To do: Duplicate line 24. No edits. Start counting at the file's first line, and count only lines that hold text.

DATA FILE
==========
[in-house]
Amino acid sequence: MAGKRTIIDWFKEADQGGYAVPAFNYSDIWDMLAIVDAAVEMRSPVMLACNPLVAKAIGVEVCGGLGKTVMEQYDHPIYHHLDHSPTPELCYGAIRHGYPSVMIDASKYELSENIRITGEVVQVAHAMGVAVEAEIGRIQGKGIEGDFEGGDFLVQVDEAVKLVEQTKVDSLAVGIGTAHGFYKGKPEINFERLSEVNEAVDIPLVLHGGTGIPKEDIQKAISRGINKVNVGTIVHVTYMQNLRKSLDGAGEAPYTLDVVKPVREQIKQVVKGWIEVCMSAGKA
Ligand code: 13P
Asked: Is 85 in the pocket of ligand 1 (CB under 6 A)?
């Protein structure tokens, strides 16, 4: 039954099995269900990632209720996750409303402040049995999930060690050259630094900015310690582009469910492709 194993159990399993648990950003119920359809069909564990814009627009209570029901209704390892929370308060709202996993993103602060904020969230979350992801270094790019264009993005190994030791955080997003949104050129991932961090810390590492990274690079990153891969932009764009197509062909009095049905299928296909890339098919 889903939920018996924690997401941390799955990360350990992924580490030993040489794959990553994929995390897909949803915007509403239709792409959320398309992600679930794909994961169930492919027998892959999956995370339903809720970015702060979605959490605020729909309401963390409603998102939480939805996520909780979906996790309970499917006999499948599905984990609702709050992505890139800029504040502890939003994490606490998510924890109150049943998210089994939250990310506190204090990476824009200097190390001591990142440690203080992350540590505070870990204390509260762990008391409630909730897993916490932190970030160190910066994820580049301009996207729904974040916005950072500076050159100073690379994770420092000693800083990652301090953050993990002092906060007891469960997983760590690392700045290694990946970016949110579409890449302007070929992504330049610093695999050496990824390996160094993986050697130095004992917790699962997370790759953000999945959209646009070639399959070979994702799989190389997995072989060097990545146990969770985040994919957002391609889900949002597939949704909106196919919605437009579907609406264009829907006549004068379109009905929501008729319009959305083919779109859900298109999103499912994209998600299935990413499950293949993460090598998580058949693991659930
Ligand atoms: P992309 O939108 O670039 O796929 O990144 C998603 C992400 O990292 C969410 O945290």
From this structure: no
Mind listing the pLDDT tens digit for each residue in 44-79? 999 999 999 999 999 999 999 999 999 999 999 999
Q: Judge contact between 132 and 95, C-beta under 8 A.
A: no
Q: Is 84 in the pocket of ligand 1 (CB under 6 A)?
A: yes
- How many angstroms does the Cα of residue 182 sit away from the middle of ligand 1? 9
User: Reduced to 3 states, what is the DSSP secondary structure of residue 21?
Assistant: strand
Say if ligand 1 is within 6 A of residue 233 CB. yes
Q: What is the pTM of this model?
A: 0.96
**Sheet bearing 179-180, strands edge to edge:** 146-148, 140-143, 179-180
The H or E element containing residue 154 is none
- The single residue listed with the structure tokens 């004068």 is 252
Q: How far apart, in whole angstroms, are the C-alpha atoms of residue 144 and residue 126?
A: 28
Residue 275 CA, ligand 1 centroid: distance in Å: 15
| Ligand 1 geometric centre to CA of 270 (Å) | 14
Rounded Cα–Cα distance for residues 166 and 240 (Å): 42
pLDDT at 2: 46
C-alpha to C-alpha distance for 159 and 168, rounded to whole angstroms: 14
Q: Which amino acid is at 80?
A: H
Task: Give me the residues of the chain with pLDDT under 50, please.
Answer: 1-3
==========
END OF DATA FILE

Residue 275 CA, ligand 1 centroid: distance in Å: 15